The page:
In last week’s article (Visbaai – The history of Hermanus as a fishing village) we followed the rise and fall of the fishing economy around Visbaai, resulting in a fishing culture that still lives on. But, Hermanus became equally famous for another kind of fishing, which also had economic consequences, writes DR ROBIN LEE of the Hermanus History Society.
This type of activity could also be called ‘fishing’, but was more accurately referred to as ‘angling.’ Angling involved individual fishermen, not crews, and the participants were usually of upper or middle-class social standing, fishing off the rocks or from a hired boat, with a single rod, catching large fish for personal use. Angling was the recreational activity offered by Hermanus to busy diplomats, bureaucrats and even minor aristocracy, such as the Earl of Athlone and his wife, Princess Alice.
Usually, the individual angler got involved only when the catch was ready to be reeled in. Even at this stage, he might be assisted by a local fisherman referred to as a ‘ghillie’, who did all the dirty work: digging bait, baiting hooks, casting, gaffing, and killing the fish. The angler took all the credit.
He (very seldom ‘she’) was much more prosperous than any local fisherman and could afford expensive imported equipment and tuition in fishing from the local ‘professional’, Bill Selkirk, a resident famous for his exploits in catching sharks of world-record size. He tutored anglers in the basics of the pastime, as well as selling them tackle from his shop near The Marine Hotel.
Noteworthy specimens were weighed and individual records kept at the hotel at which the angler was staying. The hotel chef would also prepare the trophy according to the angler’s wishes, and it would be consumed in a convivial fashion with other guests, accompanied by regular tales of ‘the one that got away’.
Berdine Luyt describes just such an incident at The Marine Hotel in the 1940s:
[Judge] Reggie Davis caught a large kabeljou a few days ago, a record catch. He was delighted and decided to have his photograph taken with the fish. It was rather late in the afternoon when he returned to the hotel, but Mother sent one of the office staff on a bicycle to Mr Ravenscroft [the local photographer]. Mr Ravenscroft sent back word that he couldn’t come until the next day, as it was time for his daily walk. No persuasion would make him alter his mind. So Reggie took the fish to the ‘vishok’ [fish-room] outside the kitchen, where it was hung, instructing the kitchen staff not to touch it.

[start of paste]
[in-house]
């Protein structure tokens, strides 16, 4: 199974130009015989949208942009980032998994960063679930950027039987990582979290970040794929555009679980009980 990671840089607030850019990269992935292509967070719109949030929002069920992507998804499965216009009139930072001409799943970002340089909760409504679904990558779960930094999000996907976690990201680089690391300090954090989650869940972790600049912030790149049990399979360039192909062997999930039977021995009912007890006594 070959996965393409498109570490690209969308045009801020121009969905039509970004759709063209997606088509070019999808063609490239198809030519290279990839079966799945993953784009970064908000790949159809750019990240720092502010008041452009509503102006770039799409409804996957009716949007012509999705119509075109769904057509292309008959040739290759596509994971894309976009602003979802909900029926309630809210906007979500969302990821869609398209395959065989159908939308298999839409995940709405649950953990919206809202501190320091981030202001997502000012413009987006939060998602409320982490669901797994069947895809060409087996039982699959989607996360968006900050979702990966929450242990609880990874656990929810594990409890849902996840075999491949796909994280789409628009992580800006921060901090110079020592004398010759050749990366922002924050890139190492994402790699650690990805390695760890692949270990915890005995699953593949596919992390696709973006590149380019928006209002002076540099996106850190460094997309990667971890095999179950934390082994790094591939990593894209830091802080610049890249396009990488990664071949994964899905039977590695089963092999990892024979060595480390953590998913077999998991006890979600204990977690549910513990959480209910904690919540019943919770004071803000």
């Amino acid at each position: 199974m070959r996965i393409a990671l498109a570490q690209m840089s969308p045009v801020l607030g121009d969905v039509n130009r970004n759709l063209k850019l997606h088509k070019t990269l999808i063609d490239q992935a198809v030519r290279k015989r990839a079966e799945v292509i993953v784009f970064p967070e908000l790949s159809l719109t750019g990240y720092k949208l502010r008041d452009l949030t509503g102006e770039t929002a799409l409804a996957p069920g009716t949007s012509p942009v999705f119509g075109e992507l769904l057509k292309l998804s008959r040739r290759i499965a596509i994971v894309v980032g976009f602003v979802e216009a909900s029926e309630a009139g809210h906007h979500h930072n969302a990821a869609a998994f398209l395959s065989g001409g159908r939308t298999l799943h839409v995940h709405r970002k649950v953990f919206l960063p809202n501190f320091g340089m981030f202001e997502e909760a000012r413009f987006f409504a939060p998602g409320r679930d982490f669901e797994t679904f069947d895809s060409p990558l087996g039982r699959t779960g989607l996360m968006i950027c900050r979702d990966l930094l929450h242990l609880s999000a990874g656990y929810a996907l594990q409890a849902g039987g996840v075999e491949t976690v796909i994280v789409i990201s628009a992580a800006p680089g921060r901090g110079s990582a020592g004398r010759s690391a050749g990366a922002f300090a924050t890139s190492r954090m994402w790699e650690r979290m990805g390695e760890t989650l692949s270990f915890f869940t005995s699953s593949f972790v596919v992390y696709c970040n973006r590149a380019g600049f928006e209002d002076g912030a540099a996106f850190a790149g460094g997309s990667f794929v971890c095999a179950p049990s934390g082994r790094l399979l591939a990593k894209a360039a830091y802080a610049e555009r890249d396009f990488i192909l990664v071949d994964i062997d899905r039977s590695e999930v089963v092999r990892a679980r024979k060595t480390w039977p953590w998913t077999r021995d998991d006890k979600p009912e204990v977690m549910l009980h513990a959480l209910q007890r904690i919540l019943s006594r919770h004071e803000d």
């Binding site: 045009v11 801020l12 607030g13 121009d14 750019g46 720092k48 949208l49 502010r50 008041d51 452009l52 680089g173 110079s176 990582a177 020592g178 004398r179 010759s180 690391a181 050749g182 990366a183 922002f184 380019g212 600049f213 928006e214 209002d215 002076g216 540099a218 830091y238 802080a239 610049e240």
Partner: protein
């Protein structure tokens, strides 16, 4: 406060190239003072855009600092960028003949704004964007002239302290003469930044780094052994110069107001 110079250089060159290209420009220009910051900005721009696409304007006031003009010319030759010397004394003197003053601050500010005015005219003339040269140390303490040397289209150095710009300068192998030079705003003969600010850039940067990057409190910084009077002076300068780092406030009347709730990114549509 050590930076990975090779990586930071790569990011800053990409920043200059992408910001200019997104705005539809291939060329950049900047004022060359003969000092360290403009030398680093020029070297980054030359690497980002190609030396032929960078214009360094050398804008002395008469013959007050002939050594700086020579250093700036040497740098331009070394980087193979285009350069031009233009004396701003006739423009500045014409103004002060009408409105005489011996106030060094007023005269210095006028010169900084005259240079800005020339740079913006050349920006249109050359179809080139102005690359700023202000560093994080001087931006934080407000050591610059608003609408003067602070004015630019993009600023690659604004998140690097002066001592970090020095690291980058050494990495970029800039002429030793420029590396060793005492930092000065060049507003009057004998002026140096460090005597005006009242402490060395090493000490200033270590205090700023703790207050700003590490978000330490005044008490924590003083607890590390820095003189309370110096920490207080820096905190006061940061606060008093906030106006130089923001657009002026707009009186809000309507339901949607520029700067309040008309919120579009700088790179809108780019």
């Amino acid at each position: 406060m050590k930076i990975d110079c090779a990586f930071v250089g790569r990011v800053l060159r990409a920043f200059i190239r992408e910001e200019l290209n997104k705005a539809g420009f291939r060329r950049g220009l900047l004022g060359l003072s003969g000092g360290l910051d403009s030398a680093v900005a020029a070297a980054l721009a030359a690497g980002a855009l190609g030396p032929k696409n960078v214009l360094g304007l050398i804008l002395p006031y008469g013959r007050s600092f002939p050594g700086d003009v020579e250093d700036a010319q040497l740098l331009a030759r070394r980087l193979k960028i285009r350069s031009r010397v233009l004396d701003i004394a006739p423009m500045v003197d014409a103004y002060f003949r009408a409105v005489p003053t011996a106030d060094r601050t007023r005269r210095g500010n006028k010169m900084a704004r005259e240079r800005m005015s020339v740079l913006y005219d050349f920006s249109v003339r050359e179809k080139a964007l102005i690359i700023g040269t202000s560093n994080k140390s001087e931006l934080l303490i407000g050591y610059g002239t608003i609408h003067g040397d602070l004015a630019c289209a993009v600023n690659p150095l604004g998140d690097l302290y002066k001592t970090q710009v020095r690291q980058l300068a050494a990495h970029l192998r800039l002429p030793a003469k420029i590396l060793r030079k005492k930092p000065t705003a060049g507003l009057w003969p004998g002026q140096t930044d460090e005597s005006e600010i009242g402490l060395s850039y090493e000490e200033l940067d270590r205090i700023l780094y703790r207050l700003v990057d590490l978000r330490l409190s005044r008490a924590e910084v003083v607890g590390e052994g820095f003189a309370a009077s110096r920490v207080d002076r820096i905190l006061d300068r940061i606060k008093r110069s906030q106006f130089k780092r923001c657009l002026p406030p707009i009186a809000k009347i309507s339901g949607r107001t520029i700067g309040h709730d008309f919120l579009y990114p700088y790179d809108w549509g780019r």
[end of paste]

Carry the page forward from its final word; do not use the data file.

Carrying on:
The next morning a member of the kitchen staff came to the office in tears. ‘An awful thing has happened, Mrs Luyt’, she said. ‘[Name] has cleaned Judge Davis’s kabeljou. What are we going to do? I daren’t tell him’. The man who normally cleans the fish was off duty when Reggie brought his kabeljou in, and the other kitchen staff , being busy at the time, omitted to tell him that it was not to be cleaned with the other fish.
Reggie always came to see Mother in her office each morning after he had had breakfast; he would sit for a while and chat with her before going off to the rocks. Mother did not know how to break the news either, but he had to be told, and eventually, she blurted it out and then burst into tears herself.
Reggie took it very well. ‘Never mind, Joey,’ he said, patting her shoulder, ‘don’t be upset. It’s not the end of the world, Ravenscroft can still photograph the fish, even if it hasn’t any scales and no insides – it might look a bit peculiar, but it’s still a record catch.’
And so, later that morning, Ravenscroft duly photographed the kabeljou. That evening we had it for dinner.
A sort of collective ‘anglemania’ surrounded the run of a specific fish. ‘Runs’ occurred quite frequently when millions of a certain kind of fish entered Walker Bay. Berdine Luyt comments on a run in 1945:
For the last four days, the kabeljou has been running. Everyone is at Kraal Rock, which is almost a solid mass of bodies and lines, and all the anglers are in the most angelic tempers. Paddy [Berdine’s sister] caught two in one day, and we had them for dinner. Ginger [Berdine’s brother-in-law] has caught several every day, but Mac Prain holds the record with eighteen. Reggie Davis’s fish are bigger than anyone else’s – fortunately, because we then get to drink Liebfraumilch at dinner.